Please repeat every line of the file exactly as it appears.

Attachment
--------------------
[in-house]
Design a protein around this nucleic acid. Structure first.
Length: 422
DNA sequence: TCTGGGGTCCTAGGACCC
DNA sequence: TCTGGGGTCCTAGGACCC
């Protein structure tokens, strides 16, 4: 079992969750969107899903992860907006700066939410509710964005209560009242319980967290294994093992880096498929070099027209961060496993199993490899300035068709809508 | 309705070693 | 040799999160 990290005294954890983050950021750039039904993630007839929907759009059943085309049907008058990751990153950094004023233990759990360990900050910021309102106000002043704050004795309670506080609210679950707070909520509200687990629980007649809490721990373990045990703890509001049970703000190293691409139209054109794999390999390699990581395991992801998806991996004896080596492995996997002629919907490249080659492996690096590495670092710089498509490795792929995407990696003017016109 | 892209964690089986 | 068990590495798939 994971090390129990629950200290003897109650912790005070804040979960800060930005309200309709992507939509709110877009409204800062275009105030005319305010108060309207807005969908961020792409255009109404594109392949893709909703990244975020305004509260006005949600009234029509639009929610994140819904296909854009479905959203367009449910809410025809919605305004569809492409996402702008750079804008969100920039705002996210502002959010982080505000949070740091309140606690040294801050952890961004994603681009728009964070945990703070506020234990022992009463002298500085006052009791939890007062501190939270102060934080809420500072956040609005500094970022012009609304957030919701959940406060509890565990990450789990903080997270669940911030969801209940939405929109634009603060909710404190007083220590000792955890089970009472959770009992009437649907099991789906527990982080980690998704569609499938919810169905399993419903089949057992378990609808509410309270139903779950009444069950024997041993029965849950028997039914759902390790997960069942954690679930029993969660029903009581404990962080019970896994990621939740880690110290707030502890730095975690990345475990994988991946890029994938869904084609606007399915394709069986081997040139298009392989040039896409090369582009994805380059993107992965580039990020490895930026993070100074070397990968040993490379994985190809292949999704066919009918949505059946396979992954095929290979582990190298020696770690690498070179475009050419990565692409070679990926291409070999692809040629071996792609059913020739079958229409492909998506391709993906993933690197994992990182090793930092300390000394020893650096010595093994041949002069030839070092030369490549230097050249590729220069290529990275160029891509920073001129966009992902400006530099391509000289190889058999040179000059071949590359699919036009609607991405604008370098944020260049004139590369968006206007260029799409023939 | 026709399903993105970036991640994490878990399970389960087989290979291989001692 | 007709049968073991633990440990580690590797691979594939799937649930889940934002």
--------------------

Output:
[in-house]
Design a protein around this nucleic acid. Structure first.
Length: 422
DNA sequence: TCTGGGGTCCTAGGACCC
DNA sequence: TCTGGGGTCCTAGGACCC
């Protein structure tokens, strides 16, 4: 079992969750969107899903992860907006700066939410509710964005209560009242319980967290294994093992880096498929070099027209961060496993199993490899300035068709809508 | 309705070693 | 040799999160 990290005294954890983050950021750039039904993630007839929907759009059943085309049907008058990751990153950094004023233990759990360990900050910021309102106000002043704050004795309670506080609210679950707070909520509200687990629980007649809490721990373990045990703890509001049970703000190293691409139209054109794999390999390699990581395991992801998806991996004896080596492995996997002629919907490249080659492996690096590495670092710089498509490795792929995407990696003017016109 | 892209964690089986 | 068990590495798939 994971090390129990629950200290003897109650912790005070804040979960800060930005309200309709992507939509709110877009409204800062275009105030005319305010108060309207807005969908961020792409255009109404594109392949893709909703990244975020305004509260006005949600009234029509639009929610994140819904296909854009479905959203367009449910809410025809919605305004569809492409996402702008750079804008969100920039705002996210502002959010982080505000949070740091309140606690040294801050952890961004994603681009728009964070945990703070506020234990022992009463002298500085006052009791939890007062501190939270102060934080809420500072956040609005500094970022012009609304957030919701959940406060509890565990990450789990903080997270669940911030969801209940939405929109634009603060909710404190007083220590000792955890089970009472959770009992009437649907099991789906527990982080980690998704569609499938919810169905399993419903089949057992378990609808509410309270139903779950009444069950024997041993029965849950028997039914759902390790997960069942954690679930029993969660029903009581404990962080019970896994990621939740880690110290707030502890730095975690990345475990994988991946890029994938869904084609606007399915394709069986081997040139298009392989040039896409090369582009994805380059993107992965580039990020490895930026993070100074070397990968040993490379994985190809292949999704066919009918949505059946396979992954095929290979582990190298020696770690690498070179475009050419990565692409070679990926291409070999692809040629071996792609059913020739079958229409492909998506391709993906993933690197994992990182090793930092300390000394020893650096010595093994041949002069030839070092030369490549230097050249590729220069290529990275160029891509920073001129966009992902400006530099391509000289190889058999040179000059071949590359699919036009609607991405604008370098944020260049004139590369968006206007260029799409023939 | 026709399903993105970036991640994490878990399970389960087989290979291989001692 | 007709049968073991633990440990580690590797691979594939799937649930889940934002």